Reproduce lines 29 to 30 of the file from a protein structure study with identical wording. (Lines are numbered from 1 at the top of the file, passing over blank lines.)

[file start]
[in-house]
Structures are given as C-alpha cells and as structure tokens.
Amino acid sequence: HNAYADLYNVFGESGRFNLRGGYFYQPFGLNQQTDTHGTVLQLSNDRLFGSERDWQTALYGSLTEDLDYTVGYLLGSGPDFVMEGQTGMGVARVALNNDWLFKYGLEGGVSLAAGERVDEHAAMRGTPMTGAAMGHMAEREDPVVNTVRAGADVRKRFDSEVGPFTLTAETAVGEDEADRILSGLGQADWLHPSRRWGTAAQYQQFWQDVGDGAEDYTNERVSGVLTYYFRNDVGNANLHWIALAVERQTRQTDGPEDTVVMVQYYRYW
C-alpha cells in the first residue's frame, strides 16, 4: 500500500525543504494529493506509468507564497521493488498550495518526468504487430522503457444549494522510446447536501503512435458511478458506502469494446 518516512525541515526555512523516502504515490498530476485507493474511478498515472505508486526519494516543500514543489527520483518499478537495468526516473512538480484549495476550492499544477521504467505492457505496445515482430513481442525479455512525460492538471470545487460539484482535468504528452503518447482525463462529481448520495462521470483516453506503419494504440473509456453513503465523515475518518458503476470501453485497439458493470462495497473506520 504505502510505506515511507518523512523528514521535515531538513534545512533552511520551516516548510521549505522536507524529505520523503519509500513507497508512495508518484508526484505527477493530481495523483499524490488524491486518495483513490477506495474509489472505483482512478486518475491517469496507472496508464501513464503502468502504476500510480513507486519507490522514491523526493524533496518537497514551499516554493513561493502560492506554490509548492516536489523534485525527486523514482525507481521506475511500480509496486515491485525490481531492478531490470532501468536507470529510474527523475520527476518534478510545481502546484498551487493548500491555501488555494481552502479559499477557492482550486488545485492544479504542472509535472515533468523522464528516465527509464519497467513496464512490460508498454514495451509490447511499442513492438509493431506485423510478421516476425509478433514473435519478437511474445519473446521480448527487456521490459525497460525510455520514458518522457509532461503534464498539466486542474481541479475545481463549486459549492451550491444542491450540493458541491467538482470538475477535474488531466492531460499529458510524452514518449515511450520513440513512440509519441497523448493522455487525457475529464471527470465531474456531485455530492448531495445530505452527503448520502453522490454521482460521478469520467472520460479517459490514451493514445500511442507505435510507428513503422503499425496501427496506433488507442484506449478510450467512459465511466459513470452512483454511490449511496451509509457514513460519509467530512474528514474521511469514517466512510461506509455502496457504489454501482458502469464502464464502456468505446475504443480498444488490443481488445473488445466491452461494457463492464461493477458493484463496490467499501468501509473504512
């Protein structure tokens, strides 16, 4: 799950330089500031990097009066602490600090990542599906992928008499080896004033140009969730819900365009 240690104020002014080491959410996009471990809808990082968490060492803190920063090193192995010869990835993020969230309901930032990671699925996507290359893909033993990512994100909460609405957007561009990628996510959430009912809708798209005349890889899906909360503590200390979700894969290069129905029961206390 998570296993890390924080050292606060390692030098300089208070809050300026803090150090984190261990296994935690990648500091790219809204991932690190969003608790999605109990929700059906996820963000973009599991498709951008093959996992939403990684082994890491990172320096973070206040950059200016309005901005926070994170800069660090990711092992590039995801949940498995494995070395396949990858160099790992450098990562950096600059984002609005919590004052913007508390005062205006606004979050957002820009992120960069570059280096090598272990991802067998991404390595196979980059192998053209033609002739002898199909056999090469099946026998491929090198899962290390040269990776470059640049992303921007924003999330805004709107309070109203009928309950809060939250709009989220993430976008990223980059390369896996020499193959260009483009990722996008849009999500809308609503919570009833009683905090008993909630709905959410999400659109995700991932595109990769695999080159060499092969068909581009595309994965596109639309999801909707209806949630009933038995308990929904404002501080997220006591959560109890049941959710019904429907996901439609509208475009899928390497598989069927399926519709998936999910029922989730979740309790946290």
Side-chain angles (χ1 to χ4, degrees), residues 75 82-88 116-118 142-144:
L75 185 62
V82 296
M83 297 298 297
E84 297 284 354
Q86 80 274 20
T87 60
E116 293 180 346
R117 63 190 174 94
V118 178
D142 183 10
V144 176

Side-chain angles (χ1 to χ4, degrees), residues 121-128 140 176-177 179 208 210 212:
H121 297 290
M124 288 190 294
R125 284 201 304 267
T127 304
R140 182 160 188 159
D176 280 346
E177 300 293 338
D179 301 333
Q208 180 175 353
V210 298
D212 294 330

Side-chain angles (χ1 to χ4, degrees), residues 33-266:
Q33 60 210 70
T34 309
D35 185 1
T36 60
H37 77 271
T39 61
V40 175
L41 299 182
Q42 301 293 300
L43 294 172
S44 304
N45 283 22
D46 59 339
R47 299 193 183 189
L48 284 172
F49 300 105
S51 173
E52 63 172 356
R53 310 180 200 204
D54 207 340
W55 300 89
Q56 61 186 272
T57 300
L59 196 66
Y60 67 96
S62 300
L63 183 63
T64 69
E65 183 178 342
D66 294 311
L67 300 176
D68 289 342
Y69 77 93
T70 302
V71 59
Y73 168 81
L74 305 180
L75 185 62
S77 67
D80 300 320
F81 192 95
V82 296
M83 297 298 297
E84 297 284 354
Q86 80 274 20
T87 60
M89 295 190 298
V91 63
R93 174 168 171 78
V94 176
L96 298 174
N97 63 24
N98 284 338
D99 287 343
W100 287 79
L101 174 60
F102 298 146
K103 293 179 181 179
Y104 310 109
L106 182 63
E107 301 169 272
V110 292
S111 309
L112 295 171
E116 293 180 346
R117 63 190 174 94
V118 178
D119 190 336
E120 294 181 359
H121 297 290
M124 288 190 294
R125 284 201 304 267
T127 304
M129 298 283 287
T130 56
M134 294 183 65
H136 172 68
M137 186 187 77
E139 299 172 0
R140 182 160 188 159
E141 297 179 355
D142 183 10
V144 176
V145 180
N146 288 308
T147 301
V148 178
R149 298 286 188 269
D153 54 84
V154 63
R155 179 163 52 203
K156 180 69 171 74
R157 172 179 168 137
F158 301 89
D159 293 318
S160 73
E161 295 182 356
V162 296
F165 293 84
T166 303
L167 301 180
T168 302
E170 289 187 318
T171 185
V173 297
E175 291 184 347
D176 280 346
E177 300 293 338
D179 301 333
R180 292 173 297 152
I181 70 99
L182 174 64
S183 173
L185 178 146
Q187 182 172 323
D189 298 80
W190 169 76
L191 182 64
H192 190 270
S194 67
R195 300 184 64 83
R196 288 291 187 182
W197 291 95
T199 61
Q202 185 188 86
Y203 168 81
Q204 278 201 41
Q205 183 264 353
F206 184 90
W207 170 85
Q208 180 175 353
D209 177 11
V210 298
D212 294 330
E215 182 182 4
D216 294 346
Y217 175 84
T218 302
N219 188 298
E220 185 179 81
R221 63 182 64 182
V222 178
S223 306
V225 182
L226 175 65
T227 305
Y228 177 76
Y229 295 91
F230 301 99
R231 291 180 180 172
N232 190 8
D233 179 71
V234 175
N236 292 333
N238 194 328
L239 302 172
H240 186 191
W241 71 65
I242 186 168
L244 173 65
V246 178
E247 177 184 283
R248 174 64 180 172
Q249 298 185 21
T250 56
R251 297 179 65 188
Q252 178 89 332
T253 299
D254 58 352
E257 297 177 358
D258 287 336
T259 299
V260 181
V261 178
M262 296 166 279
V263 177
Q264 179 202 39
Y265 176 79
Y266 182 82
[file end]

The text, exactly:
D212 294 330

Side-chain angles (χ1 to χ4, degrees), residues 33-266: